“Main story continues to be the failure of thermal power plants — natural gas, coal, and nuclear plants — which ERCOT counts on to be there when needed. They’ve failed,” Princeton engineering professor Jesse Jenkins tweeted Tuesday. “Those of you who have heard that frozen wind turbines are to blame for this, think again. The extreme demand and thermal power plant outages are the principle cause.”

What they’re leaving out is that because Texas has been embracing condition-dependent renewable sources of energy — which require redundancy backup sources like natural gas, coal, and nuclear due to the aforementioned reliance of wind and solar on optimum weather conditions — when the renewables began to fail, the traditional energy had to fill the gap until they, too, began to experience problems. And it turns out some of those problems  may have been because ERCOT had not winterized its system properly (but more on that in a minute). The Wall Street Journal spells it out:

Between 12 a.m. on Feb. 8 and Feb. 16, wind power plunged 93% while coal increased 47% and gas 450%, according to the EIA. Yet the renewable industry and its media mouthpieces are tarring gas, coal and nuclear because they didn’t operate at 100% of their expected potential during the Arctic blast even though wind turbines failed nearly 100%.

The policy point here is that an electricity grid that depends increasingly on subsidized but unreliable wind and solar needs baseload power to weather surges in demand. Natural gas is crucial but it also isn’t as reliable as nuclear and coal power.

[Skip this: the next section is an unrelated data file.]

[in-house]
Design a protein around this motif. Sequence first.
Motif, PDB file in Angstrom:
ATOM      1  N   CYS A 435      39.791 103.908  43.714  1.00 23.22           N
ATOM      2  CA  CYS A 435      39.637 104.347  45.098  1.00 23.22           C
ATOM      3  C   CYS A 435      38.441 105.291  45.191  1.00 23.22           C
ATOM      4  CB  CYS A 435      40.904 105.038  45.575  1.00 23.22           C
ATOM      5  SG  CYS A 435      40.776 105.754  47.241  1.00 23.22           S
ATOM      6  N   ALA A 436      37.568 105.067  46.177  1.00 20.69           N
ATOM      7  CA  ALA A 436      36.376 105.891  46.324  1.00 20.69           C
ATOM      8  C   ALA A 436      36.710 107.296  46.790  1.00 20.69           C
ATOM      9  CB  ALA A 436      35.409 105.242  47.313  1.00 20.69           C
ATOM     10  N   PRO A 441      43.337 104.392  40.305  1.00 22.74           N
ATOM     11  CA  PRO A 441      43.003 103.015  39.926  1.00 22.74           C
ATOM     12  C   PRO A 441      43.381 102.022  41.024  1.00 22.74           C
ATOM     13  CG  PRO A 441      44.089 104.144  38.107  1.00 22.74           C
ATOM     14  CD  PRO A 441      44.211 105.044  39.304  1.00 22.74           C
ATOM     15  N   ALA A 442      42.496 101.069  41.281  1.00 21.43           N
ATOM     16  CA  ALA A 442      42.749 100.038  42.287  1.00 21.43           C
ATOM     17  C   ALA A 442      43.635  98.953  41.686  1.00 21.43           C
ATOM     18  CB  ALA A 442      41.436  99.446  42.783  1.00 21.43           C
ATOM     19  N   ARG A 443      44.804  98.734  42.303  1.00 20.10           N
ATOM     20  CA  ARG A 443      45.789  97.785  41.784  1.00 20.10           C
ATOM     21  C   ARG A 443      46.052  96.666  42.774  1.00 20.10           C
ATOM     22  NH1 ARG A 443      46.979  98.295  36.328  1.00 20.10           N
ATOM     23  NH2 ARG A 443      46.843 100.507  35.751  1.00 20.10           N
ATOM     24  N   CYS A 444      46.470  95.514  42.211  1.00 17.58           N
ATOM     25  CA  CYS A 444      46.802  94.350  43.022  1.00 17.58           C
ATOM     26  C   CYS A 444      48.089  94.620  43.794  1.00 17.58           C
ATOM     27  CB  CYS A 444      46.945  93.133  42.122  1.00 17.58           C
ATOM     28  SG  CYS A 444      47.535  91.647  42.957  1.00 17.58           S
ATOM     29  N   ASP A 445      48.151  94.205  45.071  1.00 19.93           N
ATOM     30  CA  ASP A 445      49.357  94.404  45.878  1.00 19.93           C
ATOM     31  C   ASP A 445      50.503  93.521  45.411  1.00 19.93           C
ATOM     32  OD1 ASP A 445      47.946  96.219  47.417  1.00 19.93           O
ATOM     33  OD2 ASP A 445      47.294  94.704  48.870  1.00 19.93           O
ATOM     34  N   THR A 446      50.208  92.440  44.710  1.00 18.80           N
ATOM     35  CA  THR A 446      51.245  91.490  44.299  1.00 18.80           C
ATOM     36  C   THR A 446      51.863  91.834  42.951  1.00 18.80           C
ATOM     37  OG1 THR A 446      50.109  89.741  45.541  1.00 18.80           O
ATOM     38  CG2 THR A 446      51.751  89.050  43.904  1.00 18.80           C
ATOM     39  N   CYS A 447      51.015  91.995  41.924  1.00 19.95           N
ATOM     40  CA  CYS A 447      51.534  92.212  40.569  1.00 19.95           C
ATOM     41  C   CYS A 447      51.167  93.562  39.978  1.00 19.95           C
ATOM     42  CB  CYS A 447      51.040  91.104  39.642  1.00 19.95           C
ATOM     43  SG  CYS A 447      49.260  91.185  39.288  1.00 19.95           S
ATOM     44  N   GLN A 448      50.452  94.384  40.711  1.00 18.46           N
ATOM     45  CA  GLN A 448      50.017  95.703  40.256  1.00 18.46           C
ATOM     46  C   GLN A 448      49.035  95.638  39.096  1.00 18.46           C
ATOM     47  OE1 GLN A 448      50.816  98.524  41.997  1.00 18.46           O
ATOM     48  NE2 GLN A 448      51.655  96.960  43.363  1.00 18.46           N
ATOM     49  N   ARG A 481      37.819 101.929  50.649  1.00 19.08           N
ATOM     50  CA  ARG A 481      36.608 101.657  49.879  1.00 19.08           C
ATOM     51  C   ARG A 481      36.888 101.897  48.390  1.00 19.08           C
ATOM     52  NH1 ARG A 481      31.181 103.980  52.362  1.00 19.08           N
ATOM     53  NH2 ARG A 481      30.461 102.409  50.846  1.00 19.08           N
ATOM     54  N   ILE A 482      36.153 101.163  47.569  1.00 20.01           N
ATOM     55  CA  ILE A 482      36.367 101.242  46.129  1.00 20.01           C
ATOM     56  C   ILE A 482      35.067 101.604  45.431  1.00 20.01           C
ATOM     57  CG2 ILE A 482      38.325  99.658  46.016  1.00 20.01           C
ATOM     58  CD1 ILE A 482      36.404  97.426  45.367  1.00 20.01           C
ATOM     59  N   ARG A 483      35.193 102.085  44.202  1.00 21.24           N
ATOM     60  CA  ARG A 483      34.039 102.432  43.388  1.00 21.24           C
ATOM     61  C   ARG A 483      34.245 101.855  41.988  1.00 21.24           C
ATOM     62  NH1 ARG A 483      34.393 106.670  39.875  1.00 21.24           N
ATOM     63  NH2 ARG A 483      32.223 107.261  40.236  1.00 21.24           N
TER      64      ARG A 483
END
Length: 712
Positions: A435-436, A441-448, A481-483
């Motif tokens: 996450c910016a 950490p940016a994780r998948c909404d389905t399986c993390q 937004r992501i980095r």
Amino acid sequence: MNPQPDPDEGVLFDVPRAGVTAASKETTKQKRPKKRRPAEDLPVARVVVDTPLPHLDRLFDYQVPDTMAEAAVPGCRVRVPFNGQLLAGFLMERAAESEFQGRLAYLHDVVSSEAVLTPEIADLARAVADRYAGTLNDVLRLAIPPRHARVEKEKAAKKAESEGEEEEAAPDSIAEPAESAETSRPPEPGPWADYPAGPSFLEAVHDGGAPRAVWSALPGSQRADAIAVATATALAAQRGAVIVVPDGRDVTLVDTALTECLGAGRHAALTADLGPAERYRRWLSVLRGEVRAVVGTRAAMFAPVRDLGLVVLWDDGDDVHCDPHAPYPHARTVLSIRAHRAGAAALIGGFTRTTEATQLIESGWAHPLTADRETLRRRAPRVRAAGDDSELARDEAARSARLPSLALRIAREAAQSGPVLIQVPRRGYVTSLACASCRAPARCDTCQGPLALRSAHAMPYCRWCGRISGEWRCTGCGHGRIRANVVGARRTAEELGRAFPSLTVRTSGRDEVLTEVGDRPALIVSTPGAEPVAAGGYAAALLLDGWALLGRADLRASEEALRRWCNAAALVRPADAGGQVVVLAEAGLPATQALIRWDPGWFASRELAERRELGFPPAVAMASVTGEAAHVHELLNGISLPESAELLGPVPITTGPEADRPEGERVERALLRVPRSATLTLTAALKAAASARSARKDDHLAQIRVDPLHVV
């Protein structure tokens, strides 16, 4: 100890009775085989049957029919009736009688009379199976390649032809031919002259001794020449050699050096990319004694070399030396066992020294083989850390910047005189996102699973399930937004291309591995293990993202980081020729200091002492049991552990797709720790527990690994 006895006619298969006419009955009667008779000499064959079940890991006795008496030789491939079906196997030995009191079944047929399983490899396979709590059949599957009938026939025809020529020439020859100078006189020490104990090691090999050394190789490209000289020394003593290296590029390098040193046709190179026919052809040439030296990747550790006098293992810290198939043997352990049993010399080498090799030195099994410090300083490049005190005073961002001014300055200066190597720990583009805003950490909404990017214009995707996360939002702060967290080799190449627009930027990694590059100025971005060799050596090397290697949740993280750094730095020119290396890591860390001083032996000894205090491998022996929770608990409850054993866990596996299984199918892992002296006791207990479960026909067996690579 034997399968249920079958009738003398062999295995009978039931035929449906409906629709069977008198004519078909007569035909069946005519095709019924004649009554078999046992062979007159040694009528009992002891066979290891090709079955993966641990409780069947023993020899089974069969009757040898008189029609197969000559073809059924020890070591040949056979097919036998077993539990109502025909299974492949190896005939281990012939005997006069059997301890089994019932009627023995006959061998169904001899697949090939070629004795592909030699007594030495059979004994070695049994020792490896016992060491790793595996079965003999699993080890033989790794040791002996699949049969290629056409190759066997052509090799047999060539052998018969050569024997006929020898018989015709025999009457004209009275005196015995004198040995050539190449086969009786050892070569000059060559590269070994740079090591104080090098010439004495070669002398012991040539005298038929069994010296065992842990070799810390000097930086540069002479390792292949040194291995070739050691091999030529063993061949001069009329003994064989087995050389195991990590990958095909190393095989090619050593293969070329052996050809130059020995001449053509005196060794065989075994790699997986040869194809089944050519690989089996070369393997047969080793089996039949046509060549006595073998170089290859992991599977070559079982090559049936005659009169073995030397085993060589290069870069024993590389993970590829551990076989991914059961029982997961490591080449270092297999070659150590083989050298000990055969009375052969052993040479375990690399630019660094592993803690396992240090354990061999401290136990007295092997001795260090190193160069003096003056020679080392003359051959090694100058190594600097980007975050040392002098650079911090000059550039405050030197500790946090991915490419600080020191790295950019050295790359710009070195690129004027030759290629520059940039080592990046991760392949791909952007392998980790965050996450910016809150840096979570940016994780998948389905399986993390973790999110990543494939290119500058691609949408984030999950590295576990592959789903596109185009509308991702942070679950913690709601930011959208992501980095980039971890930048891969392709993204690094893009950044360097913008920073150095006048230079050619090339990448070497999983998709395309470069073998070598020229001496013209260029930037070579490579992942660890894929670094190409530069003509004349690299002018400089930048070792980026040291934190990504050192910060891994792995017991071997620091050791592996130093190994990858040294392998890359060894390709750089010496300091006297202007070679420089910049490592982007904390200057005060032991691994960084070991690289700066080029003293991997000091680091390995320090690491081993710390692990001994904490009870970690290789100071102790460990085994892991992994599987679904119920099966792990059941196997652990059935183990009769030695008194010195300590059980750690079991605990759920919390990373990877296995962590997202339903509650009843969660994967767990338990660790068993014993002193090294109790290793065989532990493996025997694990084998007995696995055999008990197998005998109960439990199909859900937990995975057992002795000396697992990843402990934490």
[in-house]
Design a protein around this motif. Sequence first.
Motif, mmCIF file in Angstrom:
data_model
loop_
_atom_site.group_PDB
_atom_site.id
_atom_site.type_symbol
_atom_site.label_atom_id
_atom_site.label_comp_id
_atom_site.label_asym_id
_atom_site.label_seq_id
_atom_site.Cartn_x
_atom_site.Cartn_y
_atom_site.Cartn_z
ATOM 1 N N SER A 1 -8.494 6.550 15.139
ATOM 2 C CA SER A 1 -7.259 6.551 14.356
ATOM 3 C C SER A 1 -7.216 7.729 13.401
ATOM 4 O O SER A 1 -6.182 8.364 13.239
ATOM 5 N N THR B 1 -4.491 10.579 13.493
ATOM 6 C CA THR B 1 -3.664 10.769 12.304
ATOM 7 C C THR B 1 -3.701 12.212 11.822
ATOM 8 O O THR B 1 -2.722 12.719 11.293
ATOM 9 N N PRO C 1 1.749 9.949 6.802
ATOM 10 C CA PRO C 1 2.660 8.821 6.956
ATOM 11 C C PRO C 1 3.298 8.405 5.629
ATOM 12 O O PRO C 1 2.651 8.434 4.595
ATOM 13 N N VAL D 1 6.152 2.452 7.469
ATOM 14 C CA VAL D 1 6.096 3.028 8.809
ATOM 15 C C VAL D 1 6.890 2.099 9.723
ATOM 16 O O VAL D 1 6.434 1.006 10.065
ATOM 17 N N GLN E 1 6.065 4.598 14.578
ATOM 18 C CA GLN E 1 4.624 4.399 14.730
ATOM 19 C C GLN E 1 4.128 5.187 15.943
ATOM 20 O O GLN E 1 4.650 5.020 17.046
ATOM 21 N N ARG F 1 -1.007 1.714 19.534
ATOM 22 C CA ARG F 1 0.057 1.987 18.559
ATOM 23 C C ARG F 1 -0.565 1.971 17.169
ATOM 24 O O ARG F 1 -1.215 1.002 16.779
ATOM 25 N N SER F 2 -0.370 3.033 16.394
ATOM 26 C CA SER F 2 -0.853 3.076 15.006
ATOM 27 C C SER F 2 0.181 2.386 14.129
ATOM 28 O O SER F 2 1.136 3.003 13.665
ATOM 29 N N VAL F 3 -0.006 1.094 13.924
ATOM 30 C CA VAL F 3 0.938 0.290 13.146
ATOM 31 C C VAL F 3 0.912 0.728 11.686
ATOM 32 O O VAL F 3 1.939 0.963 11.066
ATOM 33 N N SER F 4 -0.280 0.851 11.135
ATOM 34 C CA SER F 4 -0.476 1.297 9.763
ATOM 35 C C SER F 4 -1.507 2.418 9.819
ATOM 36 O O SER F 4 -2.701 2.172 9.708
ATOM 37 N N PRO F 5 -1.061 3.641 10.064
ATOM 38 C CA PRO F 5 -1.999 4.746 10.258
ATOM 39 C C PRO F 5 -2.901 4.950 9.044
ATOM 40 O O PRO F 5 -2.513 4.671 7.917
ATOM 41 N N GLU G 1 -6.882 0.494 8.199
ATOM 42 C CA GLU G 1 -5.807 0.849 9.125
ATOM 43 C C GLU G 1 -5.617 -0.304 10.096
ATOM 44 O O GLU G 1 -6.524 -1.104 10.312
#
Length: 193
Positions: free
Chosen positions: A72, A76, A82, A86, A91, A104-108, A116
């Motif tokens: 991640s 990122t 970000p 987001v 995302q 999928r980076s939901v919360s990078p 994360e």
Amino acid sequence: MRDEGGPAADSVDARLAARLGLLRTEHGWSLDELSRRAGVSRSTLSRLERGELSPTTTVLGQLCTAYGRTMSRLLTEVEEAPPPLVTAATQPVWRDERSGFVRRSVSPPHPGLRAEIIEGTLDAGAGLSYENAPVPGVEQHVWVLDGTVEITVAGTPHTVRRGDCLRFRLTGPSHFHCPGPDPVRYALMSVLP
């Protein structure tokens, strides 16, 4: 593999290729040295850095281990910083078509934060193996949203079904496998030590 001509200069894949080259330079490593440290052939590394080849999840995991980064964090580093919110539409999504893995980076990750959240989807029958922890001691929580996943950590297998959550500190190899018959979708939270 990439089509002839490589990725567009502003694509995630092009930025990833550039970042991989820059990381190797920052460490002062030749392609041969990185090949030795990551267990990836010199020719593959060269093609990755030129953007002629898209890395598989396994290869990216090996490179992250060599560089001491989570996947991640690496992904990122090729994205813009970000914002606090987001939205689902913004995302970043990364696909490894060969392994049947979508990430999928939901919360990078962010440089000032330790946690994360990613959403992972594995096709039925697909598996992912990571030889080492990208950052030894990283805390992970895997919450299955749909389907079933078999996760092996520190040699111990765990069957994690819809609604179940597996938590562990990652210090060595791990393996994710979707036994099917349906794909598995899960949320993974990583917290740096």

Politicians and regulators don’t want to admit this because they have been taking nuclear and coal plants offline to please the lords of climate change. But the public pays the price when blackouts occur because climate obeisance has made the grid too fragile. We’ve warned about this for years, and here we are.

But the best evidence that ERCOT should be investigated comes with a report indicating that the small fraction of Texas not serviced by ERCOT seems to have had few outages at all. And it would appear it’s because they took the time to weatherize their systems following a 2011 winter storm that hit the state.

After the 2011 winter freeze, El Paso Electric, on the Western Interconnect grid, spent heavily to “winterize our equipment and facilities so they could stand minus-10 degree weather for a sustained period of time,” Eddie Gutierrez, an El Paso Electric spokesman, told KHOU. So this year, “we had about three thousand people that were out during this period, a thousand of them had outages that were less than five minutes.”

On the other side of Texas, near the Louisiana border, the city of Beaumont also appears to have weather the storm without massive outages. Entergy, which powers Beaumont on the Eastern Interconnect grid, told KHOU it also winterized its infrastructure after the 2011 storm. Weatherizing power generation and extraction equipment is voluntary in Texas, though the state legislature will probably revisit that strategy when it dissects ERCOT this year.

ERCOT’s back-patting over its love-affair with shakily reliable energy production may be less of a worry than its potential unwillingness (an investigation will make that clear or debunk it altogether) to make sure that it did everything it could to at least give those iffy renewables a chance to work in bad weather.